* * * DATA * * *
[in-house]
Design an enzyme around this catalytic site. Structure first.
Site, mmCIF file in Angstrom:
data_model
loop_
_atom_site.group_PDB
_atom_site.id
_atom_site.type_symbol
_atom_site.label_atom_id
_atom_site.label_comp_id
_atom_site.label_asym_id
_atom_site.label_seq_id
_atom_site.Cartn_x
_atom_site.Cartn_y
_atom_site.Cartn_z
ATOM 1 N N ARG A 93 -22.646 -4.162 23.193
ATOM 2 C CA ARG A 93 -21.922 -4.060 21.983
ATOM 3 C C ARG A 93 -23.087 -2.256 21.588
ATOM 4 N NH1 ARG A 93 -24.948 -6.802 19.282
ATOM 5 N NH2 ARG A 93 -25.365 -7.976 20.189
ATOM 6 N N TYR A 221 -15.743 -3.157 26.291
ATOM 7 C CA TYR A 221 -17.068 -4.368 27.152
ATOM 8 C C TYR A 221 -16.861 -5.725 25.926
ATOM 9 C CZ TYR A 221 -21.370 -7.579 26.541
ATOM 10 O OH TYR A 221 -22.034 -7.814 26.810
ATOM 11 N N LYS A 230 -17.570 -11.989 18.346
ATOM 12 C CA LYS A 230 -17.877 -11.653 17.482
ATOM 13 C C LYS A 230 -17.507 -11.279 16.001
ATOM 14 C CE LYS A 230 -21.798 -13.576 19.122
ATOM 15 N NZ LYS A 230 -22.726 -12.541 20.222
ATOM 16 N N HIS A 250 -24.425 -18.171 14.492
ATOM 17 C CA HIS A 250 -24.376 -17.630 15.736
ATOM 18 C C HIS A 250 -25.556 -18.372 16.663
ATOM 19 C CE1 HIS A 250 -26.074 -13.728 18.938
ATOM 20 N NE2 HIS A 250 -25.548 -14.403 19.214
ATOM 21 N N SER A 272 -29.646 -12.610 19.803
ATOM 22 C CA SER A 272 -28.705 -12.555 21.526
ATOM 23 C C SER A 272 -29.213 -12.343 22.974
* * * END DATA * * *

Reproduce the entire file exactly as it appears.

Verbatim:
[in-house]
Design an enzyme around this catalytic site. Structure first.
Site, mmCIF file in Angstrom:
data_model
loop_
_atom_site.group_PDB
_atom_site.id
_atom_site.type_symbol
_atom_site.label_atom_id
_atom_site.label_comp_id
_atom_site.label_asym_id
_atom_site.label_seq_id
_atom_site.Cartn_x
_atom_site.Cartn_y
_atom_site.Cartn_z
ATOM 1 N N ARG A 93 -22.646 -4.162 23.193
ATOM 2 C CA ARG A 93 -21.922 -4.060 21.983
ATOM 3 C C ARG A 93 -23.087 -2.256 21.588
ATOM 4 N NH1 ARG A 93 -24.948 -6.802 19.282
ATOM 5 N NH2 ARG A 93 -25.365 -7.976 20.189
ATOM 6 N N TYR A 221 -15.743 -3.157 26.291
ATOM 7 C CA TYR A 221 -17.068 -4.368 27.152
ATOM 8 C C TYR A 221 -16.861 -5.725 25.926
ATOM 9 C CZ TYR A 221 -21.370 -7.579 26.541
ATOM 10 O OH TYR A 221 -22.034 -7.814 26.810
ATOM 11 N N LYS A 230 -17.570 -11.989 18.346
ATOM 12 C CA LYS A 230 -17.877 -11.653 17.482
ATOM 13 C C LYS A 230 -17.507 -11.279 16.001
ATOM 14 C CE LYS A 230 -21.798 -13.576 19.122
ATOM 15 N NZ LYS A 230 -22.726 -12.541 20.222
ATOM 16 N N HIS A 250 -24.425 -18.171 14.492
ATOM 17 C CA HIS A 250 -24.376 -17.630 15.736
ATOM 18 C C HIS A 250 -25.556 -18.372 16.663
ATOM 19 C CE1 HIS A 250 -26.074 -13.728 18.938
ATOM 20 N NE2 HIS A 250 -25.548 -14.403 19.214
ATOM 21 N N SER A 272 -29.646 -12.610 19.803
ATOM 22 C CA SER A 272 -28.705 -12.555 21.526
ATOM 23 C C SER A 272 -29.213 -12.343 22.974